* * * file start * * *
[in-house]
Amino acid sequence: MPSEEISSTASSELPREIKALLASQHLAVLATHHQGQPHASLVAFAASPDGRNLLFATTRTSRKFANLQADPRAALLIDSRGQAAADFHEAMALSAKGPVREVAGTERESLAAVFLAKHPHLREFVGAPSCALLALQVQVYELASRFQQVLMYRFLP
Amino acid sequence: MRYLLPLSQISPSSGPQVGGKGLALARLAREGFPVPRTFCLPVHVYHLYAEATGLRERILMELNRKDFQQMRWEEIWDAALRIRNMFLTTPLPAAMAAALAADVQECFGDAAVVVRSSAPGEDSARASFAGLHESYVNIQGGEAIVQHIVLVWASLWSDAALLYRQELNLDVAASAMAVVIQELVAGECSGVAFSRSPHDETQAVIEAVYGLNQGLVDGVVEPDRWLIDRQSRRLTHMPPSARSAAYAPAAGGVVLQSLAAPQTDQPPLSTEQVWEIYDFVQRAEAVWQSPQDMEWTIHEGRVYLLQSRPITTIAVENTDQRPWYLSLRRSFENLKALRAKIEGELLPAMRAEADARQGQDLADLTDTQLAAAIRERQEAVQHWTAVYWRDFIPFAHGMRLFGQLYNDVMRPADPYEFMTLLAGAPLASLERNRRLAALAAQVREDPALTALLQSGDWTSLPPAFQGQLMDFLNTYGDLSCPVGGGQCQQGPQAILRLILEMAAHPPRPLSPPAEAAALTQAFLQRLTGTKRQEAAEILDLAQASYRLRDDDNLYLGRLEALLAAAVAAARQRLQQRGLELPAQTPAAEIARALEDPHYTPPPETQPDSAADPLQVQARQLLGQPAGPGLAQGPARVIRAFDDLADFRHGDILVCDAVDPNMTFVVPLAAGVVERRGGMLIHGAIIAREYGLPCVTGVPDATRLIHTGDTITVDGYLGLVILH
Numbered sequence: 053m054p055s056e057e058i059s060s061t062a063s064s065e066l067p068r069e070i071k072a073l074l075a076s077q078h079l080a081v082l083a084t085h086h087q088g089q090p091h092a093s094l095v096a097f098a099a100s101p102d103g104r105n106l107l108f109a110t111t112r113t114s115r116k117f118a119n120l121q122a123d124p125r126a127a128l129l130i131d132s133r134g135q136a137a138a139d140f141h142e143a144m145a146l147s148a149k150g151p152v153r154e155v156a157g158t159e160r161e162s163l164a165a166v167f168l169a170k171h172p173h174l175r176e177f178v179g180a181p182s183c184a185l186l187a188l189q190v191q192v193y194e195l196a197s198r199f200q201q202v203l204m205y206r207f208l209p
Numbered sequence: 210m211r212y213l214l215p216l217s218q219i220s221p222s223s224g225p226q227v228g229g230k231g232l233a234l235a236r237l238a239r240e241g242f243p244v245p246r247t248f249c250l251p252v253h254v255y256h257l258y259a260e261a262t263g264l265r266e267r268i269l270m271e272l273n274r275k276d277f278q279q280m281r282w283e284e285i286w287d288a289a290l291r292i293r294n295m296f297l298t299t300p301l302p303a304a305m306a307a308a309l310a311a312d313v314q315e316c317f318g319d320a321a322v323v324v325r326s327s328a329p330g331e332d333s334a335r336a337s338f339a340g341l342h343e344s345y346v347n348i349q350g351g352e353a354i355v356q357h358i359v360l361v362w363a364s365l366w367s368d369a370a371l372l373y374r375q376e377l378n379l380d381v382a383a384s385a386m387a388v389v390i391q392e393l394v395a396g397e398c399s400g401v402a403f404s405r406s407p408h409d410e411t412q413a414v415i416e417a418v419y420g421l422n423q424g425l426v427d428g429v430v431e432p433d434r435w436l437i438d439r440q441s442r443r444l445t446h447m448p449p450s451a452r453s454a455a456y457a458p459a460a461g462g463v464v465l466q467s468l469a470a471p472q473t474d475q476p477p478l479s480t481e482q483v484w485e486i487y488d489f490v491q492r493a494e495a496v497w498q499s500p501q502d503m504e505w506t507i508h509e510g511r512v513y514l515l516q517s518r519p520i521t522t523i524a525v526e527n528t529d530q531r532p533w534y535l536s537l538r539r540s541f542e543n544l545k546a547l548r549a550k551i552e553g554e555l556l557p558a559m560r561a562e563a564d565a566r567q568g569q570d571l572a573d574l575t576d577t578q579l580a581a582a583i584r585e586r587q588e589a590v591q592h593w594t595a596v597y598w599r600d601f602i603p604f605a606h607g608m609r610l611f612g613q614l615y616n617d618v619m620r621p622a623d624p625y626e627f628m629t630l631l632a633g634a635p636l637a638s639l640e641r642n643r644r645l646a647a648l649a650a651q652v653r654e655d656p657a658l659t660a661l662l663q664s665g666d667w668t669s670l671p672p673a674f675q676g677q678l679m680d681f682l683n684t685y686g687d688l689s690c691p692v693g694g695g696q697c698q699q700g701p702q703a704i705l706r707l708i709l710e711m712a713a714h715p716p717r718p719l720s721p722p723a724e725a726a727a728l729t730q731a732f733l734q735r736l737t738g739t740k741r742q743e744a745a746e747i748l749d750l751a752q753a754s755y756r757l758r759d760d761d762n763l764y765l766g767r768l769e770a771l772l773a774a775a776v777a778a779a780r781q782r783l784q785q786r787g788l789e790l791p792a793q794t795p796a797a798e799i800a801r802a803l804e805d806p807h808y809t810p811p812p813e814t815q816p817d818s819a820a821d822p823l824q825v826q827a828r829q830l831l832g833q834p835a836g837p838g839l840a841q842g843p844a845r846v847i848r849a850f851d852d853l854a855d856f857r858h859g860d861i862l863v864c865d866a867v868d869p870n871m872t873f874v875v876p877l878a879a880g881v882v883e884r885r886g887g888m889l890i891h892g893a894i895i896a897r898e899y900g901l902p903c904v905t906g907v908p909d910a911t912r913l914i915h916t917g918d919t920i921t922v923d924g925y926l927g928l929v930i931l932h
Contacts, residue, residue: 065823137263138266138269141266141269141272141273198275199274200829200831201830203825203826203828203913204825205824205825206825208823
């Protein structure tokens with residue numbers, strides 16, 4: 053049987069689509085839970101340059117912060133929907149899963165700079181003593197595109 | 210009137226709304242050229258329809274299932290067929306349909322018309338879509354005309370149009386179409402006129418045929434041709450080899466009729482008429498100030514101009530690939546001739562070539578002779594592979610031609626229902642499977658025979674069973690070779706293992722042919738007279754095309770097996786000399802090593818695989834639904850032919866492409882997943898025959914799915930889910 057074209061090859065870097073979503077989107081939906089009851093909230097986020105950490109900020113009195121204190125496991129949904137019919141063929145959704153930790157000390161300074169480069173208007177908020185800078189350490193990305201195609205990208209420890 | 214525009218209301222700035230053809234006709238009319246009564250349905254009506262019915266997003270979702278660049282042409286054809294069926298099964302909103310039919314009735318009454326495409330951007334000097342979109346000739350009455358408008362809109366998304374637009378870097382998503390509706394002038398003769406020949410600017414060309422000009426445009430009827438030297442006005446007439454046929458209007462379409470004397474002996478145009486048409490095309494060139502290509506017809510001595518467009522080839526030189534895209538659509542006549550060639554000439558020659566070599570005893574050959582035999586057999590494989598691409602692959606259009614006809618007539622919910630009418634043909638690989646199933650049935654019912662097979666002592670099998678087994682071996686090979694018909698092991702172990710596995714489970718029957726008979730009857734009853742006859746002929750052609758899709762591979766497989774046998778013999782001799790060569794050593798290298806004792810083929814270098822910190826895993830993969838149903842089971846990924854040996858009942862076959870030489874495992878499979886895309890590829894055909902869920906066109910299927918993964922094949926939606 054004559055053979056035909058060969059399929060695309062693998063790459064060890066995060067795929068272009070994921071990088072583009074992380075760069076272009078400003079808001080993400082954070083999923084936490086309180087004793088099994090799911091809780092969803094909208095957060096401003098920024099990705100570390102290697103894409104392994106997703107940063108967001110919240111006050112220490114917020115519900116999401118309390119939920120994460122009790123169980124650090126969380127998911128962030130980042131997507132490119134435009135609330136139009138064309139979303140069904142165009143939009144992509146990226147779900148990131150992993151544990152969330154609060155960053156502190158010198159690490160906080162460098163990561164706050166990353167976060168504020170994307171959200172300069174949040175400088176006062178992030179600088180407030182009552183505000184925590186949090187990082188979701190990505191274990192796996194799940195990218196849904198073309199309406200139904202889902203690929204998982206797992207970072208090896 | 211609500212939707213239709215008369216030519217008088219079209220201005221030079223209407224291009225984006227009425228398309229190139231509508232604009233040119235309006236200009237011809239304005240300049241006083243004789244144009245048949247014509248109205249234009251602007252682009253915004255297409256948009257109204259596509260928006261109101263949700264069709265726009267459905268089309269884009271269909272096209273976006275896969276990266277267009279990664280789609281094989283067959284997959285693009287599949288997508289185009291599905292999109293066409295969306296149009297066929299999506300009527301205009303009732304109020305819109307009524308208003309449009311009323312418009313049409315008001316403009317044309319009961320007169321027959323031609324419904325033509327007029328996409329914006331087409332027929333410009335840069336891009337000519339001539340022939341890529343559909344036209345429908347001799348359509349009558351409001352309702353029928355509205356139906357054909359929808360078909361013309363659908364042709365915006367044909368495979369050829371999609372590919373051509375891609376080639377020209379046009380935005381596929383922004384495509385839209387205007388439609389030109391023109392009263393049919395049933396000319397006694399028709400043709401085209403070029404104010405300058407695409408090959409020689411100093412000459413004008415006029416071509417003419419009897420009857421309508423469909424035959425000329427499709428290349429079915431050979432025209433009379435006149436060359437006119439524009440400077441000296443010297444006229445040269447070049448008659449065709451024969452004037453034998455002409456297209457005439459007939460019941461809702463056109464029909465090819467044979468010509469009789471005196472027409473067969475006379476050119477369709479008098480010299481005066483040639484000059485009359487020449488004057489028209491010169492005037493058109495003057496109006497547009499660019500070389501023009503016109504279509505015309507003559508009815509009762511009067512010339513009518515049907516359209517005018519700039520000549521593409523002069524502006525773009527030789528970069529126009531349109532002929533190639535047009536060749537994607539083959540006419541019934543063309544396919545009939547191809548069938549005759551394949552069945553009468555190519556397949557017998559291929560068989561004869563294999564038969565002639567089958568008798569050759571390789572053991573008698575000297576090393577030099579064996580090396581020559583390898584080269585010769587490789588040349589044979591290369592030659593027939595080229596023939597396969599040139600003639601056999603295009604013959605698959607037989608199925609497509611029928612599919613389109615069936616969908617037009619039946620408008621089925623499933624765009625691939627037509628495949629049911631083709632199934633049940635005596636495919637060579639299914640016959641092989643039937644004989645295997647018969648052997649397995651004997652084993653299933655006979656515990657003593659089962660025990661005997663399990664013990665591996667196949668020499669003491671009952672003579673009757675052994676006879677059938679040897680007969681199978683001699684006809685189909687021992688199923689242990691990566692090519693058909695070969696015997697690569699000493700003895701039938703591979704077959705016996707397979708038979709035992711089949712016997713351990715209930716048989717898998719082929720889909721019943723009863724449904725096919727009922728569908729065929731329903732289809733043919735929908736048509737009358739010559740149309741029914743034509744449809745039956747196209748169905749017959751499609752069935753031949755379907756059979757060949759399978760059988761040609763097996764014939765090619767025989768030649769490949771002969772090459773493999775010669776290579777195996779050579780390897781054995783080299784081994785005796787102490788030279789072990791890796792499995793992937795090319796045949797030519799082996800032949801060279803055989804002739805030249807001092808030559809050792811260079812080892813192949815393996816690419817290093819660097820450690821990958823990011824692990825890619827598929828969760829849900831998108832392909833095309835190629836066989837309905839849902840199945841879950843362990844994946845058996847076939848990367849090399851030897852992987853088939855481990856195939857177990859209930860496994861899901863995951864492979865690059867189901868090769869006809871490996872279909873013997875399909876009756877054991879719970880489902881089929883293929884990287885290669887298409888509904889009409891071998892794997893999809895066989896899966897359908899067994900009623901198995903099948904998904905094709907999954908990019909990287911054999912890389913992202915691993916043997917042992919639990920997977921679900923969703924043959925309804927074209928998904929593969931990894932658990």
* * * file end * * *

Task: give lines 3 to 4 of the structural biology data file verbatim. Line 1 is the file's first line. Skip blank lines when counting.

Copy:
Amino acid sequence: MRYLLPLSQISPSSGPQVGGKGLALARLAREGFPVPRTFCLPVHVYHLYAEATGLRERILMELNRKDFQQMRWEEIWDAALRIRNMFLTTPLPAAMAAALAADVQECFGDAAVVVRSSAPGEDSARASFAGLHESYVNIQGGEAIVQHIVLVWASLWSDAALLYRQELNLDVAASAMAVVIQELVAGECSGVAFSRSPHDETQAVIEAVYGLNQGLVDGVVEPDRWLIDRQSRRLTHMPPSARSAAYAPAAGGVVLQSLAAPQTDQPPLSTEQVWEIYDFVQRAEAVWQSPQDMEWTIHEGRVYLLQSRPITTIAVENTDQRPWYLSLRRSFENLKALRAKIEGELLPAMRAEADARQGQDLADLTDTQLAAAIRERQEAVQHWTAVYWRDFIPFAHGMRLFGQLYNDVMRPADPYEFMTLLAGAPLASLERNRRLAALAAQVREDPALTALLQSGDWTSLPPAFQGQLMDFLNTYGDLSCPVGGGQCQQGPQAILRLILEMAAHPPRPLSPPAEAAALTQAFLQRLTGTKRQEAAEILDLAQASYRLRDDDNLYLGRLEALLAAAVAAARQRLQQRGLELPAQTPAAEIARALEDPHYTPPPETQPDSAADPLQVQARQLLGQPAGPGLAQGPARVIRAFDDLADFRHGDILVCDAVDPNMTFVVPLAAGVVERRGGMLIHGAIIAREYGLPCVTGVPDATRLIHTGDTITVDGYLGLVILH
Numbered sequence: 053m054p055s056e057e058i059s060s061t062a063s064s065e066l067p068r069e070i071k072a073l074l075a076s077q078h079l080a081v082l083a084t085h086h087q088g089q090p091h092a093s094l095v096a097f098a099a100s101p102d103g104r105n106l107l108f109a110t111t112r113t114s115r116k117f118a119n120l121q122a123d124p125r126a127a128l129l130i131d132s133r134g135q136a137a138a139d140f141h142e143a144m145a146l147s148a149k150g151p152v153r154e155v156a157g158t159e160r161e162s163l164a165a166v167f168l169a170k171h172p173h174l175r176e177f178v179g180a181p182s183c184a185l186l187a188l189q190v191q192v193y194e195l196a197s198r199f200q201q202v203l204m205y206r207f208l209p